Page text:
Gaurang Shah was lured by the weft and the warp long before the fashion industry turned its spotlight on handlooms

Revival is a word one often comes across in the fashion industry, in the context of ancient crafts, techniques and weaves. “It’s an overrated term,” laughs Gaurang Shah, the man who has been working with weavers for a decade. “When my brother and I were growing up, we didn’t know big words like ‘revival’. We grew up seeing our mom wearing the best of handlooms — Kanchi cottons, Bengal saris with kantha work, khadi and Uppada — and were drawn to textures born from the loom. Nine years ago when I thought of sourcing and selling saris, I could only think of handlooms,” he explains. Gaurang today liaises with weavers in 200 looms he established in villages in the outskirts of the city.

A day before he left for Dubai to participate in Numaish 2012 with his line Ardhangini featuring Kalamkari on Kanjeevarams, Gaurang says, “I’ve always been doing this — egging on my weavers to develop new and intricate patterns and challenging them with new textures. Now that I’ve participated in Lakme Fashion Week twice and the Lavera section of Berlin Fashion Week, people notice me more.”

A 30-second video shot by artist Laxman Aelay gives us a glimpse of the process of Jamdhani work on khadi. Gaurang is excited about showing this video and his line Ardhangini in Dubai. “Prominent Indian designers like Masaba Gupta and duo Shivan and Narresh are taking part in Numaish 2012. And I am told the audience predominantly consist of Indians, which is why I am confident of Ardhangini,” says Gaurang.

The designer has slightly tweaked the Ardhangini collection he showed early this year at Lakme Fashion Week to include Kota ghagras teamed with bandhini dupattas, garments with straight cuts with kalamkari work and saris. Gaurang is relatively a late bloomer in fashion week circuits, but he’s been in the field of handlooms for 13 years. The business that comes from his family store Indian Emporium remains his core strength while fashion weeks give him the added spotlight. “I’ve had loyal clientele for years. Some people have a tendency to go to designers in the spot light. Even they have returned to me after these fashion weeks. I guess the glamour quotient helps,” he laughs.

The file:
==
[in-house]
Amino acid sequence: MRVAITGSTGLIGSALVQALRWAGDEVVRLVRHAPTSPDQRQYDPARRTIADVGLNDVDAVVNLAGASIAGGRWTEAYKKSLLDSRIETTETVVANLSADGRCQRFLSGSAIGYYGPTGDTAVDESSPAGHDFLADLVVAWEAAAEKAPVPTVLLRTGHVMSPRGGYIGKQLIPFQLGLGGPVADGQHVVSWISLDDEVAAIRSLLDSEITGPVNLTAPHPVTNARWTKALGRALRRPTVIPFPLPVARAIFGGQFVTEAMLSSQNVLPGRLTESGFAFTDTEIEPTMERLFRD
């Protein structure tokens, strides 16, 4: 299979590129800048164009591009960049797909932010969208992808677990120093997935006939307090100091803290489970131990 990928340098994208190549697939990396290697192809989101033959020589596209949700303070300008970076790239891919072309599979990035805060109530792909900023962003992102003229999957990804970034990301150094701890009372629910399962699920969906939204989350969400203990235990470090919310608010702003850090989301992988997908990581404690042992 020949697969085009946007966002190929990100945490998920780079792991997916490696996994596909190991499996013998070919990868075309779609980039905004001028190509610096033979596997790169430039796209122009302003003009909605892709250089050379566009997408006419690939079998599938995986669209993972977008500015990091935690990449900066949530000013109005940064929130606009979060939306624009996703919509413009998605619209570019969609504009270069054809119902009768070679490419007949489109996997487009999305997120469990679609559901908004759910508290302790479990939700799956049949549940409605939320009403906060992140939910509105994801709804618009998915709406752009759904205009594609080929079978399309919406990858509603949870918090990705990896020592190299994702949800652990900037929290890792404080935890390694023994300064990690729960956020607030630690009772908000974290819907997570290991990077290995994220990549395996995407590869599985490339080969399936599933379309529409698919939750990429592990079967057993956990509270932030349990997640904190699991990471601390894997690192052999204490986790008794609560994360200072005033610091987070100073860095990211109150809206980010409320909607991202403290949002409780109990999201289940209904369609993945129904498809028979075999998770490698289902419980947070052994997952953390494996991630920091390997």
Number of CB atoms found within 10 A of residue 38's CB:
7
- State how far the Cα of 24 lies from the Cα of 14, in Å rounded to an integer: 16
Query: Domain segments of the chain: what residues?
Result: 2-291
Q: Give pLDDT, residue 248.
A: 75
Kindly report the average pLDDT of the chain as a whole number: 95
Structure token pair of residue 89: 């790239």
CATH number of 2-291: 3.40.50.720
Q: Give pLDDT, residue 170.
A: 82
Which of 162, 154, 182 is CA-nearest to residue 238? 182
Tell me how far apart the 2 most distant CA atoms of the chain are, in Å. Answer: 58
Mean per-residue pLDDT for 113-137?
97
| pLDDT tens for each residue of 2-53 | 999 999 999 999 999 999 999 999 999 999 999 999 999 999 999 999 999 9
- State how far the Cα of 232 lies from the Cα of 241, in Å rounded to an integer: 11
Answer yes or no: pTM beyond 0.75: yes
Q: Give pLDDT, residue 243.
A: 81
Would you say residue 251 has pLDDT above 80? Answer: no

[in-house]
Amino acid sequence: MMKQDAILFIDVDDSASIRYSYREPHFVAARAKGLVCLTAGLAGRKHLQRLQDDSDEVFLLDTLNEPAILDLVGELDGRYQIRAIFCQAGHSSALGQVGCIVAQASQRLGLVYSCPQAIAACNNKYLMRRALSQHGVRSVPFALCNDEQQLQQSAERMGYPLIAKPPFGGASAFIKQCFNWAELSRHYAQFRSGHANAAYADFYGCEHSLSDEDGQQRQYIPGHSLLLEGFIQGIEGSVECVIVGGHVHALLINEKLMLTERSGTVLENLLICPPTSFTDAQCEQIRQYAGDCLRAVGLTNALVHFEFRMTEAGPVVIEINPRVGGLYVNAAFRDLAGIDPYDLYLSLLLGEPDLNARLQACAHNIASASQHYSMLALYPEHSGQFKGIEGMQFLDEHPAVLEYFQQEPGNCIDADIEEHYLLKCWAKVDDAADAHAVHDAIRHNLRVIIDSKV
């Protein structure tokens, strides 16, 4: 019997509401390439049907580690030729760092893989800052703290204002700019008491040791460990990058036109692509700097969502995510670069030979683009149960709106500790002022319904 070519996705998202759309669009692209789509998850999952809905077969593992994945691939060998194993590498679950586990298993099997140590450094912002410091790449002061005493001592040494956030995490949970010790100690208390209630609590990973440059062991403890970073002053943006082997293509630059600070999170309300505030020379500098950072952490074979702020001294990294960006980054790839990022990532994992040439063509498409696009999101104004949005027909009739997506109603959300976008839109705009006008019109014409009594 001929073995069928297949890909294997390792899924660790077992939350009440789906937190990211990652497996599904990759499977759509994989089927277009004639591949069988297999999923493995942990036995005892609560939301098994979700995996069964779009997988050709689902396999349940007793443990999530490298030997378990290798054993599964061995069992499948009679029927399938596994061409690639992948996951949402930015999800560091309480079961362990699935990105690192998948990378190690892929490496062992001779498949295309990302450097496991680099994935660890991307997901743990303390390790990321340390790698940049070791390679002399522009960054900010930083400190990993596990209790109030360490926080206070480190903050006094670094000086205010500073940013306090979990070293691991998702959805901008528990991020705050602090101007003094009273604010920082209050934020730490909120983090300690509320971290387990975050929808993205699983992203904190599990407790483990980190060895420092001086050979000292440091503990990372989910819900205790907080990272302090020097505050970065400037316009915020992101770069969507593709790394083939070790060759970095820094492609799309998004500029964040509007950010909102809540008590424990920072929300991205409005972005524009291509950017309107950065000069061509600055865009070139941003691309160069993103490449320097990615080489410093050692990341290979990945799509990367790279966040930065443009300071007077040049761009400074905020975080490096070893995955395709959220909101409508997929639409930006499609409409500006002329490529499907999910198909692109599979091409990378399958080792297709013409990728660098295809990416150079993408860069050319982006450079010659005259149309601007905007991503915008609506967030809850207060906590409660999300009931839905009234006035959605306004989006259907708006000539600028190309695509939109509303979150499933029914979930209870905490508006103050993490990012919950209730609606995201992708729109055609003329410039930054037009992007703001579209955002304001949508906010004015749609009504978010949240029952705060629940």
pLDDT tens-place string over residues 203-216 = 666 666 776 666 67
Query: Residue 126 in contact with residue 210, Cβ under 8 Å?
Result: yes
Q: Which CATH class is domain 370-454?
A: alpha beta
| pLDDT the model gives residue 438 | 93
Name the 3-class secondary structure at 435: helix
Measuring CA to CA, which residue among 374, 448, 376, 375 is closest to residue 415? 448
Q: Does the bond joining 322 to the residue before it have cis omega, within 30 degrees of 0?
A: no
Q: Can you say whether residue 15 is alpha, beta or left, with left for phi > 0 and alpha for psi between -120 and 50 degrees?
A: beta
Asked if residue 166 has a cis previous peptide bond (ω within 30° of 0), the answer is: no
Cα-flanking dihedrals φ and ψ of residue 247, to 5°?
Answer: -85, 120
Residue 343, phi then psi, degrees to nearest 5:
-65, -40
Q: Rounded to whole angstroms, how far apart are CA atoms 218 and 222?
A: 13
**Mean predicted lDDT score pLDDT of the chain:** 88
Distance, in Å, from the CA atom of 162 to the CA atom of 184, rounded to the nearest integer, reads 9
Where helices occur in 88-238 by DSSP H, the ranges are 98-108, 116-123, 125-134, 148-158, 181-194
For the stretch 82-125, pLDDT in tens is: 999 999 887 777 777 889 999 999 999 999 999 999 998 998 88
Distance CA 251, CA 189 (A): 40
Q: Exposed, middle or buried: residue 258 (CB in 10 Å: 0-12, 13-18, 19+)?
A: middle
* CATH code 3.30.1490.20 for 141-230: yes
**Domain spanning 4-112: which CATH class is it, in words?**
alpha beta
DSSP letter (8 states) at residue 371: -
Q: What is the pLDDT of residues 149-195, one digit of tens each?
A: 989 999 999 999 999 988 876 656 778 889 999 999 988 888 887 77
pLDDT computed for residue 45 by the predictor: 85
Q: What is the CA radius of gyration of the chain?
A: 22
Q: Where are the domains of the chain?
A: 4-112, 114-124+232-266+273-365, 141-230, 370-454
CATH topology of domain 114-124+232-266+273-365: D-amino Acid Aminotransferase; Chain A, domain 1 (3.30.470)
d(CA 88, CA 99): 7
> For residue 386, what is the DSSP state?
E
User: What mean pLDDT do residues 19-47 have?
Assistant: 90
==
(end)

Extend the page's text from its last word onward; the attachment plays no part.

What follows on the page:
In 1962, his father established the store at Basheerbagh. “My brother and I used to go to the store after school and help dad with the stocks and manage the store. We got used to looking at fabrics, colours and textures. Apart from saris, we became famous as a matching centre for blouses. Those days, you didn’t have too many fabrics — only two by two and cotton,” he says.

Years later, when they moved to Begumpet and Gaurang and his brother joined the business, Gaurang introduced hand woven saris. “After my graduation, I studied interior designing for a couple of years. So I didn’t have formal training in fashion. I was interested in handlooms and didn’t know where to start,” he confesses.